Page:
Spirit of the Game: Resolving conflict


Recently I was honored to speak at Lake Harriet Spiritual Community Center’s Sunday Service about conflict resolution and honoring all walks of life.

Some people think that a holistic community shouldn’t have disagreements, disputes or conflicts. However, no walk of life is immune to emotions. It’s how you handle them that counts. In fact, many people gloss over anger and disputes, because they think it will make the situation worse. However, it’s by finding the underlying fear that will help people find new awareness and create growth.

In the Ultimate Frisbee world, we have what’s called “The Spirit of the Game.” There are no refs, no umps. We self-officiate. In the highest levels of competition (Nationals, Worlds), there are sometimes “observers” to help mediate disputes, but given the number of tournaments played, these count for a fraction of a percent.

So, as players, we call our own fouls and we try to not create fouls. We can contest fouls. And we have a series of rules that mediate disputes. The goal isn’t to prove right or wrong. It’s to reduce dangerous play and maximize playing time. In other sports with refs and umps, some athletes rely on the “don’t get caught” style of play. They will push the bubble, knowing they can get away with quite a bit.

I often credit the “The Spirit of the Game” and Ultimate Frisbee with helping me gain confidence over shyness and anger and navigate my professional life. I’m not always perfect, but I’m always grateful for the opportunity to improve and contribute to this community and others.

In fact, based on some concepts from Ultimate, here are some anger and dispute perspectives that help me navigate and mediate my life:

  • Best Perspective (Broadest Perspective) – When there is a “wrong,” ask yourself: What is the biggest, broadest, best explanation of understanding something? Is there something that you don’t know about this person or situation that might help? Is there a way to jump to the best assumption versus the worst?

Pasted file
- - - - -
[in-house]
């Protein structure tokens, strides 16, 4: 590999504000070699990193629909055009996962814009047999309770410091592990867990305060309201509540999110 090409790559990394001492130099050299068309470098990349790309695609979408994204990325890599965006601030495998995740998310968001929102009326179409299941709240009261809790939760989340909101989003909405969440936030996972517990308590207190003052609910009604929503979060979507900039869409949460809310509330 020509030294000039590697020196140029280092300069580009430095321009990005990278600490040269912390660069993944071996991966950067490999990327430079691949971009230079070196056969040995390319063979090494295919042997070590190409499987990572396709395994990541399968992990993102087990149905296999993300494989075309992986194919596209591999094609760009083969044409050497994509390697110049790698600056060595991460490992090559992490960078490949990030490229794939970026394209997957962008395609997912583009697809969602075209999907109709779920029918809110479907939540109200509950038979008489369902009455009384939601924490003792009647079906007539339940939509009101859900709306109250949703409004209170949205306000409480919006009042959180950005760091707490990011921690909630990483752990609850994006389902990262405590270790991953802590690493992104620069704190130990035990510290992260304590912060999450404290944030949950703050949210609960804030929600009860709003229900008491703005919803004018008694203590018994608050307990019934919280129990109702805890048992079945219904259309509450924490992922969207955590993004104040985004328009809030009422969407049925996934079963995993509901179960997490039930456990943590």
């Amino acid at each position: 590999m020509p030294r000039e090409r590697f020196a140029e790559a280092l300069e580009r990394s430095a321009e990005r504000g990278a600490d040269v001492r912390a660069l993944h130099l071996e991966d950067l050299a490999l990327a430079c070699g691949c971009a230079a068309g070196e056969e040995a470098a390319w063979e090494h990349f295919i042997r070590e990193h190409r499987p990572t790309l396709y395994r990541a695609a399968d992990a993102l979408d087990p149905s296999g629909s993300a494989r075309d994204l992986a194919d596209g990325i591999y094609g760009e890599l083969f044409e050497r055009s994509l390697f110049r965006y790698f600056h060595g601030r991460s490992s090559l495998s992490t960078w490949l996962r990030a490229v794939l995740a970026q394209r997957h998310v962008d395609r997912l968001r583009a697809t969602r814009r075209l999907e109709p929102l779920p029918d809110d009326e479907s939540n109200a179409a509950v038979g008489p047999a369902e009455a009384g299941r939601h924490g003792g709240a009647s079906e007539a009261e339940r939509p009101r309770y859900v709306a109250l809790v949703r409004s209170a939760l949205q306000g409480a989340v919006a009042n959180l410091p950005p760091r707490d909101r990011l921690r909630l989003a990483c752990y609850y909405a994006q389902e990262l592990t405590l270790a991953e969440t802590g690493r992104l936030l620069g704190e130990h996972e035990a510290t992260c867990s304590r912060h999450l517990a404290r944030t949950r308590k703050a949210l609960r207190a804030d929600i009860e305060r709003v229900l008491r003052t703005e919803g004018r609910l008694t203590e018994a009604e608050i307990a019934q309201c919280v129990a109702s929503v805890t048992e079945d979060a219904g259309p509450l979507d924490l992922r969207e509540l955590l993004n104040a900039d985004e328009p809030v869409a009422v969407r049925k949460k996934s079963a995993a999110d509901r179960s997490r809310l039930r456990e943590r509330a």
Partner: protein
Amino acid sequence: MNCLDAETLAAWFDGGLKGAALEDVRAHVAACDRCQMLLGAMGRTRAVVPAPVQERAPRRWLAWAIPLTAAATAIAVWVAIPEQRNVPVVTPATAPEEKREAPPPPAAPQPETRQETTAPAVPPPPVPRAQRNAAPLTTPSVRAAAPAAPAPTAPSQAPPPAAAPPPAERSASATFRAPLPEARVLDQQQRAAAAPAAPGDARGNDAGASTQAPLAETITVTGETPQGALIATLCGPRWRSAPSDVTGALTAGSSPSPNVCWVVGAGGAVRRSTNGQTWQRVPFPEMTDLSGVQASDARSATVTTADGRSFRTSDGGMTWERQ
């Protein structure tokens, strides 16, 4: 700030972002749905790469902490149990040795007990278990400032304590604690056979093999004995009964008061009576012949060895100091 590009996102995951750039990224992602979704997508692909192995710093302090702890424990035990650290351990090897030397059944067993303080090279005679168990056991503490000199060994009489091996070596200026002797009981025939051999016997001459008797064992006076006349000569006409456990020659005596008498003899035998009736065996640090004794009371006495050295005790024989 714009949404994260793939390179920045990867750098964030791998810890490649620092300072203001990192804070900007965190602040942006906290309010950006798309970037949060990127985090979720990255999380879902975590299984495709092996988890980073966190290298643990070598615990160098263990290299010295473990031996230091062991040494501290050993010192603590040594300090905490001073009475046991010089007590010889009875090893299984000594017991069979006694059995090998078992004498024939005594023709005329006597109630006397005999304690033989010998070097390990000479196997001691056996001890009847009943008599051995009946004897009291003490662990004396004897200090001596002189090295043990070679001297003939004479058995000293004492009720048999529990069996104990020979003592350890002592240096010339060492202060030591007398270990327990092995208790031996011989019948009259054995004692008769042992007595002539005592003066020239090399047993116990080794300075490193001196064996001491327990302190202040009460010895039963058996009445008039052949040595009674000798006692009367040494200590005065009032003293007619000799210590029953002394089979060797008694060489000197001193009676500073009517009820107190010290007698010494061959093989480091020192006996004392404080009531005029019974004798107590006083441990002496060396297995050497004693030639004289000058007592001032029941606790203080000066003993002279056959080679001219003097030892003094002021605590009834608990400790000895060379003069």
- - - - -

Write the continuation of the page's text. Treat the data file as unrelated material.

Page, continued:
• Play On (It’s Not Personal #1) – Often a foul is a foul, but it wasn’t intended. Given the chance, they would not want to do it again.
  • Play On (It’s Not Personal #2) – Sometimes it’s not about you, but you’re a convenient foil or canvas. When we interact with others, we’re talking to their family, friends, ex’s, bosses and interacting with their history (commonly known as baggage). If the volume of anger seems out of proportion to the transgression, then don’t own the anger, but listen to the words.
  • Out of Bounds – Bringing up the past and grudges is not allowed (unless they have not been addressed nor respected). Keep the discussion focused on the situation at hand – and recognize that there may never be a solution!
  • Time Out – If someone’s anger is so loud that they can’t listen and they are repeating themselves over and over, ask for a timeout. Anger closes ears.
  • Time Cap – Although games are usually to a certain score, that’s not life. Sometimes we run out of time. Do you want a particular argument to be the last thing you did in life?
  • Wins/Losses – There is no scoring in relationships or life. Ask yourself, is the disagreement more important than X or Y or Z? Ask yourself why you are attached to that feeling or emotion. What entitles you to it, and does it serve? By assessing priorities, we can decide whether we want to expend our energy in a particular way.
  • We’re a Team – What is good for the individual is not always good for the team. We participate in activities because we want to be a part of a greater community or family. This can take patience, especially because we can project our anger on the people who care the most. Also, what we don’t like about others are the characteristics we carry ourselves. Ask yourself, is there an attachment that doesn’t address the greater good? Have I done this to other people? How can I resolve this within myself? By taking this step, we can become both team players and coaches at the same time.

Ultimately, when disagreements happen, don’t run. Slow down time and see what is yours, what you can mediate and what you can transform. By understanding our fears and being more proactive in leading and following, we can create a beautiful team of humanity. Play on!



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